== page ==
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Olivia Laing

Olivia Laing is a writer and critic. Her first book, To the River, was published by Canongate to wide acclaim and shortlisted for the Ondaatje Prize and the Dolman Travel Book of the Year. She has been the deputy books editor of the Observer, and writes for The Guardian, New Statesman, and The Times Literary Supplement, among other publications. She is a MacDowell Fellow, and has received grants from the Arts Council and the Authors’ Foundation. She lives in Cambridge, England.
leveår: 1977 nu





Julia Eremeevahar citeretsidste år
It struck me as curious then, the idea of a whole town of people attending to their business, a whole town of people driving cars or walking the streets, their faces only partially betraying the magic lantern show that flares in utter privacy within the confines of each skull. Do animals think in these bright spools of colour, I sometimes wonder? Do they walk in their minds through landscapes known and unknown, both during waking hours and within the course of dreams? They do not replay conversations, or add great registers of numbers in their heads, but do they revisit past emotions or think on faces that have gone? It seems astonishing to me how alone man is, though he can touch and talk and gaze on others of his kind. But that picture theatre within his head: no one but he will ever see it played, and there is no medium on earth that can accurately catch its luminosity or speed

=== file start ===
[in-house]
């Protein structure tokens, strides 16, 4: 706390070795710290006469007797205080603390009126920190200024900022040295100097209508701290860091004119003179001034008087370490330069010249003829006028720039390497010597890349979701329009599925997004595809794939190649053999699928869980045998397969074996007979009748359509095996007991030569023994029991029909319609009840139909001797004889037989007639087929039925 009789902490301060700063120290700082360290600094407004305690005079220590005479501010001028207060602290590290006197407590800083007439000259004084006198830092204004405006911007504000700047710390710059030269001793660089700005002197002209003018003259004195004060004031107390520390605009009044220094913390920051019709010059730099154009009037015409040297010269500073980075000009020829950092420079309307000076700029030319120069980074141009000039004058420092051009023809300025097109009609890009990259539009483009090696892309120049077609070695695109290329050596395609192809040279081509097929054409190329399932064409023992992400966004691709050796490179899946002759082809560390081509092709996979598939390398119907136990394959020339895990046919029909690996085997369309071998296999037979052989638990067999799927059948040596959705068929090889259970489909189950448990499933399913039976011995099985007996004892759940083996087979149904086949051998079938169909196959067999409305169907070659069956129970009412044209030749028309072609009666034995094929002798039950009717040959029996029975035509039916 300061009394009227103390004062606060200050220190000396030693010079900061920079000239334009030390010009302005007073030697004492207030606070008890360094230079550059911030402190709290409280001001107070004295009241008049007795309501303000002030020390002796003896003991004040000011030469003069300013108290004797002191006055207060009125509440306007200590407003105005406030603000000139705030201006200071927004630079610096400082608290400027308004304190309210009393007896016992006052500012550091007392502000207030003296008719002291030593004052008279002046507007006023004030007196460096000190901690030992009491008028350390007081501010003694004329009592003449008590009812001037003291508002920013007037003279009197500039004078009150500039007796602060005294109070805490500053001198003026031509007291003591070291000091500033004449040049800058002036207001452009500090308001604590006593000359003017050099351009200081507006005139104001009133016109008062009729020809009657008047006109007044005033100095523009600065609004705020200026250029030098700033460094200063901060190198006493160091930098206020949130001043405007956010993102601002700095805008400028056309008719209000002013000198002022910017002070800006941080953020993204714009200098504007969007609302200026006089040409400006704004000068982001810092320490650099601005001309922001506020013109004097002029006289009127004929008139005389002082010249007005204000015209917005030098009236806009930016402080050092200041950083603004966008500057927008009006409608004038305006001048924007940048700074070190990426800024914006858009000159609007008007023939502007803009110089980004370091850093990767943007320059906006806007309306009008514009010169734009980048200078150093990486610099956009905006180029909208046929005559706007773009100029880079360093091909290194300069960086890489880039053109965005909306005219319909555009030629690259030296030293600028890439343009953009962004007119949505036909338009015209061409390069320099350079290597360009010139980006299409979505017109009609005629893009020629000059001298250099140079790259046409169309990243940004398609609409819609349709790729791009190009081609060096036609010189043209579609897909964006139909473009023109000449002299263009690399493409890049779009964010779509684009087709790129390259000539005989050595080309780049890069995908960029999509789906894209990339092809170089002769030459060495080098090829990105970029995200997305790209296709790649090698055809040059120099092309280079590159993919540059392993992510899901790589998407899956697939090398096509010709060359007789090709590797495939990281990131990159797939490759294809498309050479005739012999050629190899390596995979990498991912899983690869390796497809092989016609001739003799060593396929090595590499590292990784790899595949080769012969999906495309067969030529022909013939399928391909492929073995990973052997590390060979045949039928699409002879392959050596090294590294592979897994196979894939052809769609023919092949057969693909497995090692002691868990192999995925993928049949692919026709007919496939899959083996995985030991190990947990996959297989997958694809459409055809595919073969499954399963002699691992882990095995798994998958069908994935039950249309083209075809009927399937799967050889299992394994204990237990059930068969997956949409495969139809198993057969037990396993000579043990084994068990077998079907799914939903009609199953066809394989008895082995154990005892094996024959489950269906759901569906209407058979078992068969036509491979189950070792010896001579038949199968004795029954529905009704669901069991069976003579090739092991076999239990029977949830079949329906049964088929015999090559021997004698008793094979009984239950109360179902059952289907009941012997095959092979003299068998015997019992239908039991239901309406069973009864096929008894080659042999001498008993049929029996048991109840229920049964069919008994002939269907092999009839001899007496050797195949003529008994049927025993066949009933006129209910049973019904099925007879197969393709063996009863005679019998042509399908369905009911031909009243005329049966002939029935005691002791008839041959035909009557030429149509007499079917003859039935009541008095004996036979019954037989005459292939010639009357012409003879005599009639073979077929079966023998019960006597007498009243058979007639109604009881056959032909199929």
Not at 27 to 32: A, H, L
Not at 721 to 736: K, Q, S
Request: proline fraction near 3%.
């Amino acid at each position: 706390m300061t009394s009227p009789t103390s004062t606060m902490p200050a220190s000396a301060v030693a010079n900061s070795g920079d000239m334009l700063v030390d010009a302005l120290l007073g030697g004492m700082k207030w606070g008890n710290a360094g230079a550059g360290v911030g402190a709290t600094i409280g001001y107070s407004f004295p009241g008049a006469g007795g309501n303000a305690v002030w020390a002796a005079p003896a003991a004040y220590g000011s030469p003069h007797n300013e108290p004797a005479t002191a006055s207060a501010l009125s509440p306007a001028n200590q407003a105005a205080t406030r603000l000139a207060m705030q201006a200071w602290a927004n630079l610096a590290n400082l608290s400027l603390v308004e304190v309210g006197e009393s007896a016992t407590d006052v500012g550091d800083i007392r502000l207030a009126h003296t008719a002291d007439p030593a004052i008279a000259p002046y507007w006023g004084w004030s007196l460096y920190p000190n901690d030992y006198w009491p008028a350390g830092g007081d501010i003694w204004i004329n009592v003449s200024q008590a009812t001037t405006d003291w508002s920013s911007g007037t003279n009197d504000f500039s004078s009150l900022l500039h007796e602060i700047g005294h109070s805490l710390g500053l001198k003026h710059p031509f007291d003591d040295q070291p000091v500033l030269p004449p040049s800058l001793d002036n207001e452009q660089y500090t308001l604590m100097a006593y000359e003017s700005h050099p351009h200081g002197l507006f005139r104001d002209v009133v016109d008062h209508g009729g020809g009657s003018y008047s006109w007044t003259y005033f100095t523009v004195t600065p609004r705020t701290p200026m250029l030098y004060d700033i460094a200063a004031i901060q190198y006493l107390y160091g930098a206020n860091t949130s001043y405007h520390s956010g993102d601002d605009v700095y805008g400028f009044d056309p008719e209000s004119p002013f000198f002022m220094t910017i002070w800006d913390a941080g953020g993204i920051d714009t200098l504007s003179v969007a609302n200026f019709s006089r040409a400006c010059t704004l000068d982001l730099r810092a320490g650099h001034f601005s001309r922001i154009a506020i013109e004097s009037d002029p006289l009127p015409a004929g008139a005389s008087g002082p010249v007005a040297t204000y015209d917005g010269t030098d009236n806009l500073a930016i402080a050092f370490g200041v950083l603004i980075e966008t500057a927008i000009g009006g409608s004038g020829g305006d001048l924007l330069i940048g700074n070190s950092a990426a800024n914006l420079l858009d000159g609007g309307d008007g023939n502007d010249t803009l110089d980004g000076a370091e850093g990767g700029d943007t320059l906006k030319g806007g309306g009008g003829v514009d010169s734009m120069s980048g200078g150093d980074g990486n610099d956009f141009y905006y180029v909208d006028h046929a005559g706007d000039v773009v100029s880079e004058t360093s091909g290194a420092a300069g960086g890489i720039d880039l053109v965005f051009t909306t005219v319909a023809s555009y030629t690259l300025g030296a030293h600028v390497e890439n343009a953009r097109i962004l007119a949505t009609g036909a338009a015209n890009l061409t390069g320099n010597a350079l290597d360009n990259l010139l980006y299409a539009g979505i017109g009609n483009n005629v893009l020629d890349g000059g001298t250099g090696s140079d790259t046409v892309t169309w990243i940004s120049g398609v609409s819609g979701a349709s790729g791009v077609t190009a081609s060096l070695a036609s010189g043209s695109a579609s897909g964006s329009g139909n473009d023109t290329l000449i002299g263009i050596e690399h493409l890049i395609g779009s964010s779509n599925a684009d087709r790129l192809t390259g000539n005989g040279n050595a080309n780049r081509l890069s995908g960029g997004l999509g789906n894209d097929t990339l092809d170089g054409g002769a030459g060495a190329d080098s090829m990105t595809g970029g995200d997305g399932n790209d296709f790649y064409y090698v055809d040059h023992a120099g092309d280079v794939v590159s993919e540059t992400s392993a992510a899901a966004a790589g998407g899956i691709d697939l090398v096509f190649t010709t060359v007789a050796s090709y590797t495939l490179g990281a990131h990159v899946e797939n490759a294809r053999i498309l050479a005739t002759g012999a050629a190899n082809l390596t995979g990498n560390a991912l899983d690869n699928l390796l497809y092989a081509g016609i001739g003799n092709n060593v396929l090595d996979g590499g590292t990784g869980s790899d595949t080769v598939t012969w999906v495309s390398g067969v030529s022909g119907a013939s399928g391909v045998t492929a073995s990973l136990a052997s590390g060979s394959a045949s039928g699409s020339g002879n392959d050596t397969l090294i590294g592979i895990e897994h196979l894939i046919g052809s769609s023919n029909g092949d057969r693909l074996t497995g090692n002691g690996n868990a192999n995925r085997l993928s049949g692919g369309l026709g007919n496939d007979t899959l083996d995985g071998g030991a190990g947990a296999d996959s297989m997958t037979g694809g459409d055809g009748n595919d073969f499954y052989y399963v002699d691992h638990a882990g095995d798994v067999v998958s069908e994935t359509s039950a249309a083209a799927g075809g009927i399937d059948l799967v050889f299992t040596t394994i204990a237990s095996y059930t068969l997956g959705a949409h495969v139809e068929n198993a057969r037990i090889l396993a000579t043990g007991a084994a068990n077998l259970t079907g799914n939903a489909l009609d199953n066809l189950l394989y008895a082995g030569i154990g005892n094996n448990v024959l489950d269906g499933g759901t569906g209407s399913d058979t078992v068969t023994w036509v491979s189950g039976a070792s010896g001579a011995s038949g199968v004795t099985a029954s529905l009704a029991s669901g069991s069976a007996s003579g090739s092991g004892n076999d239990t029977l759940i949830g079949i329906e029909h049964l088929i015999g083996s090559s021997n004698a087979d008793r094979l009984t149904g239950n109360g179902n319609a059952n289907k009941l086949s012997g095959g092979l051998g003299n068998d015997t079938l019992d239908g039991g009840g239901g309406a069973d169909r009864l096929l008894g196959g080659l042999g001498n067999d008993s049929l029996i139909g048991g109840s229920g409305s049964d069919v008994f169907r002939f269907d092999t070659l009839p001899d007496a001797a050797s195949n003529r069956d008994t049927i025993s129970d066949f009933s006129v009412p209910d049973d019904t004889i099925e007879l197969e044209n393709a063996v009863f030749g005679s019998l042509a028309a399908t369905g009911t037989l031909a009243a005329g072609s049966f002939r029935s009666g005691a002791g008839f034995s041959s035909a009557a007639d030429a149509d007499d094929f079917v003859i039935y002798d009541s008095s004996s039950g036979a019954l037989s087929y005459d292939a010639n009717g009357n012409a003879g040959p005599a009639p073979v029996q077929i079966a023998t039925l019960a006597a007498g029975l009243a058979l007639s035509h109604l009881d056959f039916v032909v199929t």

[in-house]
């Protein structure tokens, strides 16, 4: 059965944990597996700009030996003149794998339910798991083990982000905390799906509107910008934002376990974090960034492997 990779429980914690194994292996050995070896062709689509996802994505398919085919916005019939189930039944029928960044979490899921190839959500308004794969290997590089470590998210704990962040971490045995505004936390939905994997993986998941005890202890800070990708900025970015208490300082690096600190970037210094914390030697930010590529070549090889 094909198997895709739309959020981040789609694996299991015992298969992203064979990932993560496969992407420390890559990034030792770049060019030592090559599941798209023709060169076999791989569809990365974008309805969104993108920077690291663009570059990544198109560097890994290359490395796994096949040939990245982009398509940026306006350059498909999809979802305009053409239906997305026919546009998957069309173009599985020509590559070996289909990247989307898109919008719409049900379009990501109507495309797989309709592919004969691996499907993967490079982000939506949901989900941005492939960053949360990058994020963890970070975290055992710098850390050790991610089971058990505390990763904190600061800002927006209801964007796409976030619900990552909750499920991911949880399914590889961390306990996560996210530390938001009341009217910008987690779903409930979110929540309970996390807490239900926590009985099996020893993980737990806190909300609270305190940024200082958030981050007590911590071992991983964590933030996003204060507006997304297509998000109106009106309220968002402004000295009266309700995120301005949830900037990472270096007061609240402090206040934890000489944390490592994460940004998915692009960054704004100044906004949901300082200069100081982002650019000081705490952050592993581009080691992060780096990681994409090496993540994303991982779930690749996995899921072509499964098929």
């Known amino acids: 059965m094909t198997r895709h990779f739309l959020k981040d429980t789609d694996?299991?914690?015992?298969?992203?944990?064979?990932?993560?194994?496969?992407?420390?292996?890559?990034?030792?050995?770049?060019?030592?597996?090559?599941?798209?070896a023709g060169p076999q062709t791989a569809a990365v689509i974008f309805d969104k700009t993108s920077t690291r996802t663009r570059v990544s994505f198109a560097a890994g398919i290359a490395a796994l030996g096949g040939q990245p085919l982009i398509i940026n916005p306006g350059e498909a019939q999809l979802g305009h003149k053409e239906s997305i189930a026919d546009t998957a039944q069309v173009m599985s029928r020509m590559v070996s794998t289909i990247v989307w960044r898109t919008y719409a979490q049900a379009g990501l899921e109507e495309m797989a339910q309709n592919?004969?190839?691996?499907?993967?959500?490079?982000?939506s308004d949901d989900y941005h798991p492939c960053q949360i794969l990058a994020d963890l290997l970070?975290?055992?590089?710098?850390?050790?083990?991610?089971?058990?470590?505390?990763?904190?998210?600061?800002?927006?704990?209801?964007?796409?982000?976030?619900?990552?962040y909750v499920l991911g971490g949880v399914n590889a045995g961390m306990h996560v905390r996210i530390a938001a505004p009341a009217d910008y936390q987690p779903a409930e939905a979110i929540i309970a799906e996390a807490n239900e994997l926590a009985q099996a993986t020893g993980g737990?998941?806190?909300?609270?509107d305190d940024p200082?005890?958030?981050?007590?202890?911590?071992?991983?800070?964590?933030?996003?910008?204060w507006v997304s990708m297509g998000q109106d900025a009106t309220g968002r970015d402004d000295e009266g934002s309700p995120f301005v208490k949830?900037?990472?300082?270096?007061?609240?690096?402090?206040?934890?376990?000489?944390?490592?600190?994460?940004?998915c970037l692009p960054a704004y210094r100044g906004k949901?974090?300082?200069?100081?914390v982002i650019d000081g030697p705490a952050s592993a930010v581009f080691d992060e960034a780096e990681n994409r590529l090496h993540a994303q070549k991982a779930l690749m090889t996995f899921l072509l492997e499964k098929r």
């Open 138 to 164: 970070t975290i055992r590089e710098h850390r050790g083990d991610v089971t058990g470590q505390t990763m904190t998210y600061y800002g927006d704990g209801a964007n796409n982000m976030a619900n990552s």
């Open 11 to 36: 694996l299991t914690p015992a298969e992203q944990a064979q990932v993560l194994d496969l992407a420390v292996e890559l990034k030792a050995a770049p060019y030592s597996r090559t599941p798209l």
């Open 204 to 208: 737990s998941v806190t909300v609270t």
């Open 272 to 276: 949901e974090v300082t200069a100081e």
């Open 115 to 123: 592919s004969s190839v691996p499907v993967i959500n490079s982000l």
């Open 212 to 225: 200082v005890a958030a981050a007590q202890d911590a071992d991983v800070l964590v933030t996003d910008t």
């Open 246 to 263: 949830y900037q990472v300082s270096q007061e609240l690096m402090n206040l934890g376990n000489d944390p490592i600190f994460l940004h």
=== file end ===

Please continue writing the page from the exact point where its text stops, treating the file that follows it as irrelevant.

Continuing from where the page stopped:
b0931281472har citeretfor 4 måneder siden
You can be lonely anywhere, but there is a particular flavour to the loneliness that comes from living in a city, surrounded by millions of people.
Ega Ratu Edohar citeretfor 2 måneder siden
You can see them, but you can‘t reach them
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